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Mixed Dentition Cavitated Caries Incidence and Dietary Intake Frequencies

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Purpose: This study examined risk factors for children having new cavitated caries between 5 and 9 years old. Methods: Subjects were Iowa Fluoride Study cohort children (mostly Caucasian and of relatively high socioeconomic status) with both primary and mixed dentition caries exams and at least 2 diet diaries recorded between 5 and 8 years old (N=198). Using surface-specific transitions, combined counts of new cavitated caries (d2-3f and/or D2-3F) were determined from 4 primary second molars, 8 permanent incisors, and 4 permanent molars. Food and beverage intake frequencies were abstracted. Other factors were assessed using periodic questionnaires. Logistic regression identified predictors of new cavitated caries. Results: Thirty-seven percent had new cavitated caries. The mean new cavitated caries count for all children was 1.17 surfaces (±2.28 SD). In multivariable logistic regression, the following were significantly associated (P<.10) with having new cavitated caries: noncavitated caries experience at 5 years old (odds ratio [OR]=2.67, P=.03); cavitated caries experience at 5 years old (OR=3.39, P=.004); greater processed starch at snack frequency (OR=3.87, P=.07); being older (OR=1.68, P=.04); and less frequent tooth-brushing (P=.001). Conclusion: Results suggested that increased tooth-brushing frequency and reduced consumption of processed starches as snacks may reduce caries incidence in younger school-aged children.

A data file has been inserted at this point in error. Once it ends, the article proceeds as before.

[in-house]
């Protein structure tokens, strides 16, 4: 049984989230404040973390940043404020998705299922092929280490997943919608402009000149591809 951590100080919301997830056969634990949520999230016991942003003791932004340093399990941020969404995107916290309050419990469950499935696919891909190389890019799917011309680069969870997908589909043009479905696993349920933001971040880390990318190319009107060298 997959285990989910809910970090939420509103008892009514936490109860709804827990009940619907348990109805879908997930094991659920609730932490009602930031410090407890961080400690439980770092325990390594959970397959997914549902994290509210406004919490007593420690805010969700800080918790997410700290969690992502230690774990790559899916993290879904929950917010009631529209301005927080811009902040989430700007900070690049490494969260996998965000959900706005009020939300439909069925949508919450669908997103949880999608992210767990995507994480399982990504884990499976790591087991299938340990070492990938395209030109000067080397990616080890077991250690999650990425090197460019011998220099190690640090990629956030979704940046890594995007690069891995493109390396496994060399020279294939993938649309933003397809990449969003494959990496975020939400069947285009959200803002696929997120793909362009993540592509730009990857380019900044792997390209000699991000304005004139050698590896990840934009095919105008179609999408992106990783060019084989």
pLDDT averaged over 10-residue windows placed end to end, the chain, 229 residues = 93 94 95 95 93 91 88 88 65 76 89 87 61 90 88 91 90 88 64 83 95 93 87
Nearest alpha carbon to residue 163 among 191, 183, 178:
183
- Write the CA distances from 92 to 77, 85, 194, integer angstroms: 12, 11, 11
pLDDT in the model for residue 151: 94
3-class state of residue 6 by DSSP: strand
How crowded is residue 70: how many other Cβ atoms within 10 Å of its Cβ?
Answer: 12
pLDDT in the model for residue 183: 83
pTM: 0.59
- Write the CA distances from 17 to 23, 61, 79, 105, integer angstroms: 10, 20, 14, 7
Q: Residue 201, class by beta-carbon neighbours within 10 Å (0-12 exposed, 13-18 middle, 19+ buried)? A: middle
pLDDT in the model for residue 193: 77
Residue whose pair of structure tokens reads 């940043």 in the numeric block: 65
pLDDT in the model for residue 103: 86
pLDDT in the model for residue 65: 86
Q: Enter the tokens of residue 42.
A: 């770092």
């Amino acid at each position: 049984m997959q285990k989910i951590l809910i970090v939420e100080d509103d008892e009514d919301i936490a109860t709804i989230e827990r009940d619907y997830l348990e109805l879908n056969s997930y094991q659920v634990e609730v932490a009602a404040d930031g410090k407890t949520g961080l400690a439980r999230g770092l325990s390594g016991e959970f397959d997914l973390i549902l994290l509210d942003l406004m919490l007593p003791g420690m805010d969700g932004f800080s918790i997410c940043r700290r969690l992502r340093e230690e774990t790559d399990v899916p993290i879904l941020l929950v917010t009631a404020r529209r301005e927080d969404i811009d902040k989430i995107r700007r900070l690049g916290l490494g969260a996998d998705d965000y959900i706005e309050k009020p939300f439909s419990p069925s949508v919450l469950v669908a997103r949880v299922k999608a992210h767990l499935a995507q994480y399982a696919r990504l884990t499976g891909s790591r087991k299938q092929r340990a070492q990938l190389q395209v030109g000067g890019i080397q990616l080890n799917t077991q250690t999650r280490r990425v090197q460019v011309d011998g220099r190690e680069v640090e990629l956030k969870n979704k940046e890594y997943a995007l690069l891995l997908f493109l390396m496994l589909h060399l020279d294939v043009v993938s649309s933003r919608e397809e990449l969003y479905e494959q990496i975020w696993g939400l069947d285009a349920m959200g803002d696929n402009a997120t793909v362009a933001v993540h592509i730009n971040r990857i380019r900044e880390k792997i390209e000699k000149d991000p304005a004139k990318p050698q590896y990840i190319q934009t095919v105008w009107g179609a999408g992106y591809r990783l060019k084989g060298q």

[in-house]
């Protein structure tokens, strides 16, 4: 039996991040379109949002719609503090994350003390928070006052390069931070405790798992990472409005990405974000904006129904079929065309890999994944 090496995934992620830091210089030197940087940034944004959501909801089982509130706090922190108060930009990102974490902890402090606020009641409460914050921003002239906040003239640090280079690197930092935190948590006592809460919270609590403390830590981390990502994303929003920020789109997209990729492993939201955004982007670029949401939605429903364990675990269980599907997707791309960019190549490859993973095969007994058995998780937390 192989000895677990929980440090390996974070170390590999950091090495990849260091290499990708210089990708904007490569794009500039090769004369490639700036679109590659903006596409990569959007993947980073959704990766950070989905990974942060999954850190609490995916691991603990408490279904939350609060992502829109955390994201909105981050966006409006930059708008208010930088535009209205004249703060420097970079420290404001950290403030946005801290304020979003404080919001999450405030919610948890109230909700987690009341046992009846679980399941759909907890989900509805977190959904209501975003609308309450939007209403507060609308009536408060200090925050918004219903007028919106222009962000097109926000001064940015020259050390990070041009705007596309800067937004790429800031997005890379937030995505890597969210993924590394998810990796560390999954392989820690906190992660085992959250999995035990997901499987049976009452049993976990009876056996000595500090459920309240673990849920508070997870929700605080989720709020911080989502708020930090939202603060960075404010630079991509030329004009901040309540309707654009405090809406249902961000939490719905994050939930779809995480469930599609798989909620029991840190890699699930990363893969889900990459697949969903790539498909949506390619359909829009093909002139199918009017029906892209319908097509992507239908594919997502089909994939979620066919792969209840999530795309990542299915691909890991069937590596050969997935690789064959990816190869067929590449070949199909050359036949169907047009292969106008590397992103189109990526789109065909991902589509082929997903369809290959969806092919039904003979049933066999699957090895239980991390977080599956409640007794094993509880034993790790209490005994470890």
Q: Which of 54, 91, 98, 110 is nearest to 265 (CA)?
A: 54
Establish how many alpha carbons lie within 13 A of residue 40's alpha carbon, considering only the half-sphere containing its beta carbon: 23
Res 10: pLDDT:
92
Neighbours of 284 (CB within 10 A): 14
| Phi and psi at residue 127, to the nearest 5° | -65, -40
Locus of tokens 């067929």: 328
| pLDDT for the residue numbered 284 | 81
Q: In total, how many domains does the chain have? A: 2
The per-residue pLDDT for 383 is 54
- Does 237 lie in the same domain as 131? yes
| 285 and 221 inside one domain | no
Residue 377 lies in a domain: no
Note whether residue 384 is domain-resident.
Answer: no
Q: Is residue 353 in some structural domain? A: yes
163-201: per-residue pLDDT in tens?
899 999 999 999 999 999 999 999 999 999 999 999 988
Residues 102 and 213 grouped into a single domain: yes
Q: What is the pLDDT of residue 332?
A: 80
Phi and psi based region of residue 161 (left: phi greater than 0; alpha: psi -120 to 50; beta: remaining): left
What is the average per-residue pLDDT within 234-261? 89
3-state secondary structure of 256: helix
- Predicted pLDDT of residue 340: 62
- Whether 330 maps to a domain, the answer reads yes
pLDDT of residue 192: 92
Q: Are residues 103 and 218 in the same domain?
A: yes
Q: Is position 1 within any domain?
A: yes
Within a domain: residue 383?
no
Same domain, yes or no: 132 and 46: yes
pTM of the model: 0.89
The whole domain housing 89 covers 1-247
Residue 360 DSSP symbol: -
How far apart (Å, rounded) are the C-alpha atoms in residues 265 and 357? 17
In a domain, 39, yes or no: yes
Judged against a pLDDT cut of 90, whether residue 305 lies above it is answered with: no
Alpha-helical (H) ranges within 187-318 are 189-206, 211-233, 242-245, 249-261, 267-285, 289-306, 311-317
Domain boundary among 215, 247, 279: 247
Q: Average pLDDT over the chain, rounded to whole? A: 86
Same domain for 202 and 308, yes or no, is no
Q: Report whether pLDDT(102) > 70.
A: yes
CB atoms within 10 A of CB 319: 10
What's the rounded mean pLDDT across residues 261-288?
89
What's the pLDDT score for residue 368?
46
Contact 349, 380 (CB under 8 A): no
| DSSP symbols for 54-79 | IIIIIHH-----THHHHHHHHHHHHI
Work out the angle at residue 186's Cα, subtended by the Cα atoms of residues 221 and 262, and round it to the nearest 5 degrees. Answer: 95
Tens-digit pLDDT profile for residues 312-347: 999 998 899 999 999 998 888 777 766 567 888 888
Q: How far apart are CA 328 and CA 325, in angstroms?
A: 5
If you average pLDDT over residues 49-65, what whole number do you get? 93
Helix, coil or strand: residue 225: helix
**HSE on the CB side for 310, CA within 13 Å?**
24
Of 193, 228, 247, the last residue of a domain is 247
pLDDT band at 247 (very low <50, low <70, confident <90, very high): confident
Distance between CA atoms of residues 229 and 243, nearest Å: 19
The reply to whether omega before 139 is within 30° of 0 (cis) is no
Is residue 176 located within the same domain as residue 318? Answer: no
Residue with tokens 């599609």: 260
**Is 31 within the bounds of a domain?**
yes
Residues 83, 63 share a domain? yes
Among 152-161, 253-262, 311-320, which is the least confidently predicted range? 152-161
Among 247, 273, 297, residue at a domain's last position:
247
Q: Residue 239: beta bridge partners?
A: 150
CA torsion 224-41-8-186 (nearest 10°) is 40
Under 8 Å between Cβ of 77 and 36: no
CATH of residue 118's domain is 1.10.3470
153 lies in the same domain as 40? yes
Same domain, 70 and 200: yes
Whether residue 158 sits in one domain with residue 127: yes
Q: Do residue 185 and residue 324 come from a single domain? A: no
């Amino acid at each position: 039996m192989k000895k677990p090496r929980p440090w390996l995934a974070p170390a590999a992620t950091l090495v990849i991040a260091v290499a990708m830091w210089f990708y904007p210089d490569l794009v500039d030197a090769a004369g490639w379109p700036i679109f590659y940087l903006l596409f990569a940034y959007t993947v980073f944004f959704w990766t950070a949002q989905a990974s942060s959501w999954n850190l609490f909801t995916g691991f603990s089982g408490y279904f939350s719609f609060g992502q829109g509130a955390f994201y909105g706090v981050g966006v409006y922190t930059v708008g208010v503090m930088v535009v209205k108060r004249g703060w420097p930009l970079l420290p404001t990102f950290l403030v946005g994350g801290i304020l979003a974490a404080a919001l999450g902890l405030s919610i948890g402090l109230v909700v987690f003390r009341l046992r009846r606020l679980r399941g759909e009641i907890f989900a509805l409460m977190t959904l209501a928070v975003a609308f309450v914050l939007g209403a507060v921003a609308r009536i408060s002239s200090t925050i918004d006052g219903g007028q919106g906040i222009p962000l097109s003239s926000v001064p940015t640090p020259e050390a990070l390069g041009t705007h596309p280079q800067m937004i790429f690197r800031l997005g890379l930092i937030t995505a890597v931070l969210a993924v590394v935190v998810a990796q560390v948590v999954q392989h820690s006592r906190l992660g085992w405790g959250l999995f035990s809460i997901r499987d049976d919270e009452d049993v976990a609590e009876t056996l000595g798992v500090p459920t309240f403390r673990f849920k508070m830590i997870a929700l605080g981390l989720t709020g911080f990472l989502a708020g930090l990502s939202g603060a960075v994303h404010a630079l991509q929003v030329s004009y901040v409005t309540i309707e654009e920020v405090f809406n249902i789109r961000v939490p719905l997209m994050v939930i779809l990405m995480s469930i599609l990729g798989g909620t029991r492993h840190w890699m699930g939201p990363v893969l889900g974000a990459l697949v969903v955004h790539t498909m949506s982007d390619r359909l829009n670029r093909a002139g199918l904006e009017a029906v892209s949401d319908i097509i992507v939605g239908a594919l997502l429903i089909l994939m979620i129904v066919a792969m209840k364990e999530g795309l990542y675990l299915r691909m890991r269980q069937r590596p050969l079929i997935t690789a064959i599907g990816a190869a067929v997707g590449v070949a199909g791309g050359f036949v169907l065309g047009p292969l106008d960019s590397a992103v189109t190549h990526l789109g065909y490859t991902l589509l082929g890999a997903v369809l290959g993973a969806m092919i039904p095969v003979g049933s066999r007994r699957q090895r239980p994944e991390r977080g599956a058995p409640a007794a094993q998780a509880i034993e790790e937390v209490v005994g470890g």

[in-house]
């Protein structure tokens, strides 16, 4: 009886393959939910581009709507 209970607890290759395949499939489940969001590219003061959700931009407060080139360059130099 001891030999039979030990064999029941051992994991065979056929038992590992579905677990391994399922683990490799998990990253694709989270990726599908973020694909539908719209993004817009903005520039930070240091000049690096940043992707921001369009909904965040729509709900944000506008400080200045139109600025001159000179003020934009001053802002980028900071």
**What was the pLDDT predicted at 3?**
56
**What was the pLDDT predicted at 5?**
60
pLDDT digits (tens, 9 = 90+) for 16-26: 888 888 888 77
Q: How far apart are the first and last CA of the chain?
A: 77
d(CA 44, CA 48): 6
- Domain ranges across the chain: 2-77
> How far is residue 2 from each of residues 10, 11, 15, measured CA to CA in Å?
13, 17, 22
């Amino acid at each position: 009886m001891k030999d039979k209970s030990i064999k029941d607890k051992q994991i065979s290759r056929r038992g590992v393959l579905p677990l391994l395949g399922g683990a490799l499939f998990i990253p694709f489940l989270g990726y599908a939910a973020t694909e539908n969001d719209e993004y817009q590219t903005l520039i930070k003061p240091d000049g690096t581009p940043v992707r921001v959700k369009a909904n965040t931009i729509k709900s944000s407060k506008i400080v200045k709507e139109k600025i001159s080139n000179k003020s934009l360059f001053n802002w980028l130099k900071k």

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Document Type: Research Article

Affiliations: 1: Faculty, Department of Preventive Dentistry, Faculty of Dentistry, Prince of Songkla University, Songkhla province, Thailand. [email protected] 2: Associate professor, Department of Preventive and Community Dentistry, University of Iowa, USA 3: Professors, Department of Preventive and Community Dentistry, University of Iowa, USA 4: Professor, Department of Biostatistics, College of Public Health, University of Iowa, USA 5: Research Statistician, the Department of Preventive and Community Dentistry, University of Iowa, USA 6: Associate professor, Department of Operative Dentistry, all in the College of Dentistry, University of Iowa, USA

Publication date: 2011-05-01

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  • Pediatric Dentistry is the official publication of the American Academy of Pediatric Dentistry, the American Board of Pediatric Dentistry and the College of Diplomates of the American Board of Pediatric Dentistry. It is published bi-monthly and is internationally recognized as the leading journal in the area of pediatric dentistry. The journal promotes the practice, education and research specifically related to the specialty of pediatric dentistry. This peer-reviewed journal features scientific articles, case reports and abstracts of current pediatric dental research.
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